Aida,
There is an enormous amount of data from Königsberg on line at familysearch.org in the form of scanned microfilms. Unlike many other places, most of these microfilms are viewable from home. The bad news is that the scans are not indexed, so you have to view them to find the events you are interested in. The other bad news is that the microfilms were of rather poor quality - some pages are grey on grey rather than black on white, the registers were filmed in a strange order, left hand pages first, then right hand pages in reverse order, and there are some missing pages, usually the ones you need.
There are some records going back to the late 1700s, and birth death and marriage record up to the 1870s. Just in the last few days I found a burial record for my great-great-great-grandfather, who died in Königsberg in 1870.

Start with:
https://www.familysearch.org/search/catalog/results?count=20&placeId=42332&query=%2Bplace%3A%22Germany%2C%20Preu%C3%9Fen%2C%20Ostpreu%C3%9Fen%2C%20K%C3%B6nigsberg%22
and click on "Jewish Records".
 I've been exploring "Matrikel, 1769-1880"  but there are other collections that may be of interest, that I haven't looked at yet.
Under the matrikel, there are multiple versions of births, deaths and marriages. Some are ordered by date, others by surname, so a missing page in one collection is not always fatal.

Also, ancestry has civil records from Königsberg starting about 1874 in a collection called "Eastern Prussian Provinces, Germany [Poland], Selected Civil Vitals, 1874-1945"

Good luck with your search!

Rodney Eisfelder
Melbourne, Australia


Re: Research Maurice Leizerson, family of Claude Pasquier and Kronental, Sternis or Berliner #france #poland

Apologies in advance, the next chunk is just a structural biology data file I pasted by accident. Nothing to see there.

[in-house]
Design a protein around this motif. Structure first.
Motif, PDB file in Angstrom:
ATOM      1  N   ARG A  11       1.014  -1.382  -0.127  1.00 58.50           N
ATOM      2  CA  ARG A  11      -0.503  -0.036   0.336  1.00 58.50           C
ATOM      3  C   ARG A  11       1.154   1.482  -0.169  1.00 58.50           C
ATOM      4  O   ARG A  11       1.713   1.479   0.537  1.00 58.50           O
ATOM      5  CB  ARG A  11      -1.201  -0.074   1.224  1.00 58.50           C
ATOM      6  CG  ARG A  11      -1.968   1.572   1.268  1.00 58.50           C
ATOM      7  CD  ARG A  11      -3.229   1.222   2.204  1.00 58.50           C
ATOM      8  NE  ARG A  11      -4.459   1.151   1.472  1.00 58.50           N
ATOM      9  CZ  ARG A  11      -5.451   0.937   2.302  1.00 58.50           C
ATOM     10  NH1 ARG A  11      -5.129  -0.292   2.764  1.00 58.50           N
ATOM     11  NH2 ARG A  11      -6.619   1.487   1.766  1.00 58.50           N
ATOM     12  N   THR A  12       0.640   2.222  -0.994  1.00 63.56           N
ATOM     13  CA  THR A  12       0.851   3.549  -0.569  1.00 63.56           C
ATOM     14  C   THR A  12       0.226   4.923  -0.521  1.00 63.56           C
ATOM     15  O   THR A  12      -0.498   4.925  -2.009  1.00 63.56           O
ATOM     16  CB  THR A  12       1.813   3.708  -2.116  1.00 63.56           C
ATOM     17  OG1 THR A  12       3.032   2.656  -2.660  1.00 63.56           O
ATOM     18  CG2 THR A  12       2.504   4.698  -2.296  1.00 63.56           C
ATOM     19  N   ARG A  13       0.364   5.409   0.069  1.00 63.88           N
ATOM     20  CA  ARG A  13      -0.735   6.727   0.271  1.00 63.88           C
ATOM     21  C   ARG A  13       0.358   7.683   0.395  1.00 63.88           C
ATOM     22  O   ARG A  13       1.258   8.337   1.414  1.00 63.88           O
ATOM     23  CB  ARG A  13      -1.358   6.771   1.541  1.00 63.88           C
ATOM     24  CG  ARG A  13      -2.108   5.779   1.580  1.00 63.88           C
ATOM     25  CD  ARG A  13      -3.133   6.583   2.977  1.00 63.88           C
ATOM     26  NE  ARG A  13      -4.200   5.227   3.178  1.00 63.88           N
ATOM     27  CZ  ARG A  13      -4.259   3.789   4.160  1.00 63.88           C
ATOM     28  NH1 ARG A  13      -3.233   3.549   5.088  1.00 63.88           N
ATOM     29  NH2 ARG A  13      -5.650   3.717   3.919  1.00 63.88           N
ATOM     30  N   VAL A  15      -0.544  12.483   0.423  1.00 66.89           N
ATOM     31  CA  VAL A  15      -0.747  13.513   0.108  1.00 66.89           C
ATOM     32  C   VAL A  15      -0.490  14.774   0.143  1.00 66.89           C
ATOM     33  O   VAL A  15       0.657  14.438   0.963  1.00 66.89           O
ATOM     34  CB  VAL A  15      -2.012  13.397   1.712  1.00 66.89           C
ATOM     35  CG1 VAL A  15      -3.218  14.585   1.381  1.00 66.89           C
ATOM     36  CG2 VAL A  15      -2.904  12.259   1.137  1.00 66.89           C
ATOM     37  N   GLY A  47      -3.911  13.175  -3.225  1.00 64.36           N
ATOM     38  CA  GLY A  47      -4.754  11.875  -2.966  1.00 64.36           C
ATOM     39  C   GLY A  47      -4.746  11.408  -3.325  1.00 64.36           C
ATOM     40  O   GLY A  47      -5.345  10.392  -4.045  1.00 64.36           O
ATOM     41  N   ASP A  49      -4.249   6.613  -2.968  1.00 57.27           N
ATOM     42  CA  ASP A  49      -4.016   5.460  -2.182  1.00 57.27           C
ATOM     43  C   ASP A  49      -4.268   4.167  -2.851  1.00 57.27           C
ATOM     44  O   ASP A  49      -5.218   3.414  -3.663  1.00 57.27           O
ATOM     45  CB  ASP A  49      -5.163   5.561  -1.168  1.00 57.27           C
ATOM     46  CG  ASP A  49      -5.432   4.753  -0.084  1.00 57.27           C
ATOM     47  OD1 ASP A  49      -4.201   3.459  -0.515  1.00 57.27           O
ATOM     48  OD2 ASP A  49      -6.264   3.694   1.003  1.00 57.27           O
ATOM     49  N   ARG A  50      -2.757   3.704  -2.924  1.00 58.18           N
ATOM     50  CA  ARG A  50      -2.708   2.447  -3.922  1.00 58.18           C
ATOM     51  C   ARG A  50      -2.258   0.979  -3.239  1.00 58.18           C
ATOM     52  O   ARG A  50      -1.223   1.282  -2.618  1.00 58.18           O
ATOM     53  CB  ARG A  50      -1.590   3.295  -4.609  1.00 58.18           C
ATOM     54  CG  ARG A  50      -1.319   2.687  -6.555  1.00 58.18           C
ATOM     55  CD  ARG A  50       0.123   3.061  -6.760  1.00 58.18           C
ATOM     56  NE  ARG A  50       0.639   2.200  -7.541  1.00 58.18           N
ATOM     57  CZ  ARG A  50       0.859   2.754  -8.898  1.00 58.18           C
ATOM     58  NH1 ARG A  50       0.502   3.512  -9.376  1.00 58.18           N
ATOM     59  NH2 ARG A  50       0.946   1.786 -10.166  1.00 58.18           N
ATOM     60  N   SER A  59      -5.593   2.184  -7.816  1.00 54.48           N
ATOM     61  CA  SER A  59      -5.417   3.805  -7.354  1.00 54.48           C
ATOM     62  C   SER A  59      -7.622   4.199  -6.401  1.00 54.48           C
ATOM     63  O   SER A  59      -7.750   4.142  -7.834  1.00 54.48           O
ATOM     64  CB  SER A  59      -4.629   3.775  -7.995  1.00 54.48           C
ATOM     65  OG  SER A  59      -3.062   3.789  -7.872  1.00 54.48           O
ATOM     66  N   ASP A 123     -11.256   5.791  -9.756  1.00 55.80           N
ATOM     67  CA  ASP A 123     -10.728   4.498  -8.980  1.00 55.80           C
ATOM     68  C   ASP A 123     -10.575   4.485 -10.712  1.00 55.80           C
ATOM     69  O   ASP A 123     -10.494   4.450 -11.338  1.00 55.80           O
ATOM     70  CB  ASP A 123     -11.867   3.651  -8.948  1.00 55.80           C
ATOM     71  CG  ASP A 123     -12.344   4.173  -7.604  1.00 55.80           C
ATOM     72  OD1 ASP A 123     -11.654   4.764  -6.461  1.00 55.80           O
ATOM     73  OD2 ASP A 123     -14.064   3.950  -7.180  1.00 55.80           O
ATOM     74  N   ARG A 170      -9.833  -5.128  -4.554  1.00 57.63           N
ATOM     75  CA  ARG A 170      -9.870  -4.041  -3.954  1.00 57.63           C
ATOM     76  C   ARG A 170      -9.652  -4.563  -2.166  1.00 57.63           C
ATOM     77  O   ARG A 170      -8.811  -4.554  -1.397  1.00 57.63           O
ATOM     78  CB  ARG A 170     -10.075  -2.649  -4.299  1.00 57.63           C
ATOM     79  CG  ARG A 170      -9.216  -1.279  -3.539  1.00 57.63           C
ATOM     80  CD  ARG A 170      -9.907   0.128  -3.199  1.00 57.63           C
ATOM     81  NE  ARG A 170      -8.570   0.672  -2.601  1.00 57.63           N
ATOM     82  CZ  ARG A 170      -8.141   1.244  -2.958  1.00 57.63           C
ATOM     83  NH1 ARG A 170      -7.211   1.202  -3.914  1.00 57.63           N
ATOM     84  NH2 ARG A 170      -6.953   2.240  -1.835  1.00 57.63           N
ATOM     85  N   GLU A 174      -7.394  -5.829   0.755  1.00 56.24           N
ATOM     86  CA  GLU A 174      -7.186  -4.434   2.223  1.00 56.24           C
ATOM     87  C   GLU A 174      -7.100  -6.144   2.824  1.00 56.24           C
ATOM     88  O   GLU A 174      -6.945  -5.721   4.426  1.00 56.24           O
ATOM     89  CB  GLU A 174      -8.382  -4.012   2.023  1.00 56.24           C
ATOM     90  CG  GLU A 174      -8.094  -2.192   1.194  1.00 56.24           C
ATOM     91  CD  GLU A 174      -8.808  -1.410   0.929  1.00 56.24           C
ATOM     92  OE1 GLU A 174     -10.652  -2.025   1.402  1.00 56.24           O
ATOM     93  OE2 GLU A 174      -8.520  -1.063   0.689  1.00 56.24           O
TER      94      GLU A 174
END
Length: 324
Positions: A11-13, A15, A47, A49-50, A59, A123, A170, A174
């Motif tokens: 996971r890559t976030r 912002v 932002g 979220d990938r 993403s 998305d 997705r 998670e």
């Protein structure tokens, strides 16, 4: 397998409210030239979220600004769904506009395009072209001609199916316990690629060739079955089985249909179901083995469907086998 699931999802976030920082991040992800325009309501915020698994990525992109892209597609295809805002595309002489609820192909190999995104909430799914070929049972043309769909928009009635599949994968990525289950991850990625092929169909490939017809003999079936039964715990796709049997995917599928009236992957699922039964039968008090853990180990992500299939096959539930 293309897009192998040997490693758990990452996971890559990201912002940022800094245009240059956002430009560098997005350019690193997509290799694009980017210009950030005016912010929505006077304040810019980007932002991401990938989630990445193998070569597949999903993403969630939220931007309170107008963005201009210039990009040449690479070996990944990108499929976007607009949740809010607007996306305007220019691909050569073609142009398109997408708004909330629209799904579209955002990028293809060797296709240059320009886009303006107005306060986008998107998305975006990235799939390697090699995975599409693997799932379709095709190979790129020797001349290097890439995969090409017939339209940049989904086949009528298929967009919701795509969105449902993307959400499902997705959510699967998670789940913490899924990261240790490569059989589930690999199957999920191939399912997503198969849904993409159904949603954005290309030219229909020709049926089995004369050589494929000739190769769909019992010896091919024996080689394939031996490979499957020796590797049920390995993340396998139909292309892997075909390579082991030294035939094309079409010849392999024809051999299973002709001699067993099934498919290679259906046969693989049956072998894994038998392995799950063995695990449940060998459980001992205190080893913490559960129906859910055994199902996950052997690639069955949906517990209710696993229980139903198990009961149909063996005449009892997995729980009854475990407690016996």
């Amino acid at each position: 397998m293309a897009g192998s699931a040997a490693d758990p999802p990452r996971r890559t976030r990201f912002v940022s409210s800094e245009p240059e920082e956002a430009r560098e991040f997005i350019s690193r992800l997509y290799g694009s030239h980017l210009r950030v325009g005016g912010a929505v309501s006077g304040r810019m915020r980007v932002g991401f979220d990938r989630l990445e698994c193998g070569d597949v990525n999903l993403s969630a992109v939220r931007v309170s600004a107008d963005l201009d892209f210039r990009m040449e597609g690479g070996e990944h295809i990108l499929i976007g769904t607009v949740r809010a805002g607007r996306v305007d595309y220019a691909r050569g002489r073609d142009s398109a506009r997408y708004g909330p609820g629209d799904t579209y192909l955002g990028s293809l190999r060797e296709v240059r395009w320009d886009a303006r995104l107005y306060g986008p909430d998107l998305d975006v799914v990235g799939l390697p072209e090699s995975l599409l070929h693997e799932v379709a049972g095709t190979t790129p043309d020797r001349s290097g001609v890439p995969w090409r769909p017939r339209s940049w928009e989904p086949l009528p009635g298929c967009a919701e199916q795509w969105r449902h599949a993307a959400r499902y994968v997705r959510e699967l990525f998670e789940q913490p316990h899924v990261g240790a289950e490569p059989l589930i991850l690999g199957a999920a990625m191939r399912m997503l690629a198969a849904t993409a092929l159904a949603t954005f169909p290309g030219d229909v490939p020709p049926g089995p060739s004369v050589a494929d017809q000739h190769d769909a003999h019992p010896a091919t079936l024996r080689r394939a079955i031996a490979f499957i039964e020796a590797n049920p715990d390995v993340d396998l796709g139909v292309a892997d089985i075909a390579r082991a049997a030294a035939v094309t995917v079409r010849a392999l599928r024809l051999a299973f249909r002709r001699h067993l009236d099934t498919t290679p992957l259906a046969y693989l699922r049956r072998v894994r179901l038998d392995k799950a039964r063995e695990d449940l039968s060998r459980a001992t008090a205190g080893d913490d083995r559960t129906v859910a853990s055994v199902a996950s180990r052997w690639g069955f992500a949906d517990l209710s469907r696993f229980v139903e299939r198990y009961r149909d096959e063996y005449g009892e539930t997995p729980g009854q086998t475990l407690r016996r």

itencorinne@...
 

Hi Danielle 

I think I found Paul Parczewski twice on passenger lists in 1938 (ship Champlain) and 1939 (ship Champlain). He went to his brother A. PARSKY in New York, and his wife Marjem remained in Paris, 83bis rue Lafayette. In 1942 I found another passenger list of the ship "Serpa Pinto" from Casablanca to New York. Marjem Parczewski nee Glajchmann and Claude Jacques Benjamin Parczewski are on it. Bajla Glajchmann was Marjems mother who lived in Ogrodowa, Warsaw, Poland and they went to Marjems husband Paul Parsky in New York.

You can look at this three passenger lists on familysearch, each list contains two pages.

Regards

Corinne Iten


Re: Unable to find names on passenger lists #names

kosfiszer8@...
 

The strategies are many. I use Steve Morse one step gold page to search immigration records. It provides better filters, including name of the town, boat name, etc. I would start with the first 3 letter using the gold page and add on and test if any name shows up. It can also give you the microfiche records of NARA. Hope you have more info that the name only. Good luck


Ukrainian Police Official Instructed Communal Leaders to Supply List of Names, Addresses and Phone Numbers of All Jews In Kolomyia #ukraine

Jan Meisels Allen
 

A police official in Koloymia, Ukraine has instructed communal leaders to supply a list of all Jews in the town with their names, addresses and phone numbers.

 

 

 

 

 

 

 

 

 

 

 

 

 

 

 

 


In a letter to the head of the Orthodox Jewish community in Kolomyia,--about 500 miles west of Kiev, the police wanted details about Orthodox Jews in the city.  Signed by Mykhailo Bank, a senior police official in the Ivano-Frankivsk region of Ukraine, the letter demanded a copy of the community’s charter, together with “a list of community members with addresses and mobile phones” and “a list of Jewish students in universities of Kolomyia and Ivano-Frankivsk.”

 

Bank explained that he required the information because his department was “engaged in the fight against transnational and ethnic organized groups and criminal organizations.” The community responded that the charter was available n the state registry also informing him that the “religious communities are separate from the state” and pointing out that “personal data of community members can be provided only in the case of registered criminal cases.”  This was reminiscent of the roundup of Ukrainian Jews by the Nazis and local collaborators following the German military invasion in June 1941 according to the head of the Jewish community.

 

The regional  head of  Ukraine’s Intereior Ministry apoogized on behalf of the leadership and stafff to the entire Jewish community for the situation. The head of Ukraine’s national police has ordered an official investigation.

 

A group of 40 parliamentary deputies signed an April 30 letter to Ukraine’s prime minister and interior minister urging Bank’s dismissal.